Feb 21, 2013

Neck training has to be one of the most overlooked and underutilized facets of programming. Strengthening the neck through its ability to stabilize and resist movement is extremely important not just for athletes, but for the everday gym-goer as well.

Why Train Your Neck?


First and foremost, a strong neck will help you to avoid serious injury in a collision. This doesn't mean you should become a bull-necked behemoth and go get yourself into a car accident to test your metal, but in case you were in a car accident, having a strong neck would help you evade some serious damage.

Take a look at sports like football, MMA, and wrestling. Have you seen many pencil-necked lineman, fighters, or D1 wrestlers? I think not. There's a reason for this. In their given sports the amount of collision they get into during gameplay is huge. Lineman get smashed on every play, fighters get punched, kicked, and kneed to the head, and wrestlers get slammed and pinned to the mat. Constant impact on the neck, cervical vertebrae, and the surrounding structures. Having a weak neck in these situations isn't an option, it's a necessity.
Feb 11, 2013

If you haven't read Part 1, Part 2, or Part 3 of this series, I suggest starting there before continuing.

The final installment of this series will include my go-to exercises for explosive power and rate of force development. Like I've said before, being strong is great and something that every single person who trains should be striving for, but strength is only as good as the speed with which you can demonstrate it. Slow strength is not as useful as explosive strength.

As with the others, we will break down our explosive movements into 3 subcategories including:

  • Implement Olympic Lifts
  • Medicine Ball Throws
  • Jumps

I decided to only utilize these 3 subcategories because they are easy to teach and don't require any special equipment that you wouldn't be able to find in an ordinary commercial gym.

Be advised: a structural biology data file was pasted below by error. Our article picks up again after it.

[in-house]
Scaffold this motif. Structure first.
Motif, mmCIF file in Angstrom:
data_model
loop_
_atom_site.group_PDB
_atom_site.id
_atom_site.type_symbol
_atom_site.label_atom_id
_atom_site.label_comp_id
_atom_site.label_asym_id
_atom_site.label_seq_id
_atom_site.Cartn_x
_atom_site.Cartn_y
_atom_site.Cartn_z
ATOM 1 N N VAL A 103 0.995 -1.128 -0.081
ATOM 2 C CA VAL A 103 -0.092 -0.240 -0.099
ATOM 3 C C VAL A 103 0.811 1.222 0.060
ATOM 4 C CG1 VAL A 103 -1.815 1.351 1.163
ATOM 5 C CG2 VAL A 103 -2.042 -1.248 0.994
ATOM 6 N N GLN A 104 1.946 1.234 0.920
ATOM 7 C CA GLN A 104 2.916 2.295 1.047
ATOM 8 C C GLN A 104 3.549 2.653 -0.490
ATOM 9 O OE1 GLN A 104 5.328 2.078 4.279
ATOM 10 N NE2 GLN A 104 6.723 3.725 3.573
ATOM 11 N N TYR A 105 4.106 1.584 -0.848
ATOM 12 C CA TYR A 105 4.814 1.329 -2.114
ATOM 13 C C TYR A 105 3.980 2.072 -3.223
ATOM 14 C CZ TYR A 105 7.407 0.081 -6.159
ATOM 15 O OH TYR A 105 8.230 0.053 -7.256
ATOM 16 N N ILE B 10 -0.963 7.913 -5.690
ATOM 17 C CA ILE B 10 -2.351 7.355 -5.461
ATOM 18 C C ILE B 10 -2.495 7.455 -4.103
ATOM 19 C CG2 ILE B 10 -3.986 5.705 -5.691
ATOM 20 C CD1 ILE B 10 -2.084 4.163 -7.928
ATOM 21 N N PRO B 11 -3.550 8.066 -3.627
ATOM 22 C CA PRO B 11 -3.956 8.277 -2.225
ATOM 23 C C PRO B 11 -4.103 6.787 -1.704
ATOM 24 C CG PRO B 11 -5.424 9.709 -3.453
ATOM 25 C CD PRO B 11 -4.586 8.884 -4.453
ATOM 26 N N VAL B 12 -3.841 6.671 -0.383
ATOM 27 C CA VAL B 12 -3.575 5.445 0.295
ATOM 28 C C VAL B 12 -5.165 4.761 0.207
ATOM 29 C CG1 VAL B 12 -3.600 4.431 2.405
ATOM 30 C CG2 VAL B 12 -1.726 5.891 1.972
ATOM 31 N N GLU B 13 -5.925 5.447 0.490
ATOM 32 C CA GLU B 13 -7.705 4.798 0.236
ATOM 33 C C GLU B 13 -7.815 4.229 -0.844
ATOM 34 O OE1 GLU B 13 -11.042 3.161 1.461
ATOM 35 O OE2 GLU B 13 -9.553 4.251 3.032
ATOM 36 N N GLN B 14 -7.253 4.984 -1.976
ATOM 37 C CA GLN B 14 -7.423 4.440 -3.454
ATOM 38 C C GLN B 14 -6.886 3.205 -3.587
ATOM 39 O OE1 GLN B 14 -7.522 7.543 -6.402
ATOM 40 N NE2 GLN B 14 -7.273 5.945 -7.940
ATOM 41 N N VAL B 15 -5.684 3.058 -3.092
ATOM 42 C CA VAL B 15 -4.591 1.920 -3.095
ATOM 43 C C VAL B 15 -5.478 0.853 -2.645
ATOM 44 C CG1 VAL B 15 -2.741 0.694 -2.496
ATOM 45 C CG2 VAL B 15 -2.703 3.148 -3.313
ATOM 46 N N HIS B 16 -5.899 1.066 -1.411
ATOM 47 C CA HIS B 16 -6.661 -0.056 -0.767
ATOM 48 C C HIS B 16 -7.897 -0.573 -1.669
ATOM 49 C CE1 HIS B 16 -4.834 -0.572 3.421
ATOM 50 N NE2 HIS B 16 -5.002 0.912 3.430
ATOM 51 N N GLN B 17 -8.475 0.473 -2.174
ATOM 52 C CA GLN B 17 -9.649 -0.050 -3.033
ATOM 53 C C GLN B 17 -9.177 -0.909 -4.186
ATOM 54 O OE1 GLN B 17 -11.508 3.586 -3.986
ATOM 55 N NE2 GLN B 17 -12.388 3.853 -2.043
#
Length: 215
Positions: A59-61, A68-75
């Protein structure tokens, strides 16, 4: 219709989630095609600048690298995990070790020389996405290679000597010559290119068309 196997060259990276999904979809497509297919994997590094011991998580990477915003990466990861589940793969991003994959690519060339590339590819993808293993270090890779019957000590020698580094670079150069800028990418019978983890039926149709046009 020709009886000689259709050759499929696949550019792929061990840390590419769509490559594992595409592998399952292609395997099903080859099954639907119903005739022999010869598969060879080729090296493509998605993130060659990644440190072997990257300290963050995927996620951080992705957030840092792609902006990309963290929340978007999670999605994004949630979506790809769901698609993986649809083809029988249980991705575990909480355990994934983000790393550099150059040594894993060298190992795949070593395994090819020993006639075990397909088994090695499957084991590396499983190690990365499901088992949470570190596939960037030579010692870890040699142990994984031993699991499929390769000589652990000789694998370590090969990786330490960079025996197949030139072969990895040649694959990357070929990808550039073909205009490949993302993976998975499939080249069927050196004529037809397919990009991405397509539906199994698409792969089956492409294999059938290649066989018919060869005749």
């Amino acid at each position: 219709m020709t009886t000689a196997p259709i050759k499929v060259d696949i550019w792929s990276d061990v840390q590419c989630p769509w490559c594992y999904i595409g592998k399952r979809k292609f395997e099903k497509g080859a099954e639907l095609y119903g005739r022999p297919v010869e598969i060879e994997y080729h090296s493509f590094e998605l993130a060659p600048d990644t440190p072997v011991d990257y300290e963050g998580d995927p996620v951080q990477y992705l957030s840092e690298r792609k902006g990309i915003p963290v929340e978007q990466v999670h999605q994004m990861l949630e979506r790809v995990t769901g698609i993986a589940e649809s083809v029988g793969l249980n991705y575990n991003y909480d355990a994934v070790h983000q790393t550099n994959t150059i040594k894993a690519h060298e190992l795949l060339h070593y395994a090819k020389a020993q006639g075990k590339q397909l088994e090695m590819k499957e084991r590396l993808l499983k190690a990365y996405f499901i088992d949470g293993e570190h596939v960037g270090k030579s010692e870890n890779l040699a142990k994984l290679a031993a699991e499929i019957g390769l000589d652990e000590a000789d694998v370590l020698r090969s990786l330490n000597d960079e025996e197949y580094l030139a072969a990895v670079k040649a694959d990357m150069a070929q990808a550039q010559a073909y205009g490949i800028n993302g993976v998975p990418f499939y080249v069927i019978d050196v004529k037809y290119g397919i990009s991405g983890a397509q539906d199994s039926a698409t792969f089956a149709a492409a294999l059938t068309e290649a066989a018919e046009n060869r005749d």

Feb 4, 2013

In Part 1 we covered the lower body, Part 2 covered upper body, and the next logical piece of the anatomical puzzle would be the CORE.

I really loathe using that word but technically it's in the middle and it's the direct connection between your upper and lower halves. This is a seriously important thing to remember. All of the power generated by your legs will have to pass through your core in order to reach your upper body. And this will happen in every plane of motion and at every angle possible. So keep in mind that your "core" is a lot more than just that ever-so-elusive 6 pack.

We will break down our core movements into 4 subcategories:

  • Rotation/Anti-rotation
  • Flexion/Anti-extension
  • Lateral Flexion/Anti-lateral Flexion
  • Complete Usage

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Franco Crincoli
I am a personal trainer, strength coach, and all around iron addict, with a philosophy deeply rooted in old school methods. My training has been influenced by strongmen, powerlifters, Olympic lifters, gymnasts, and the Golden Era bodybuilders. I believe in reaping the greatest rewards the simplest (not easiest) way possible and having fun doing it.
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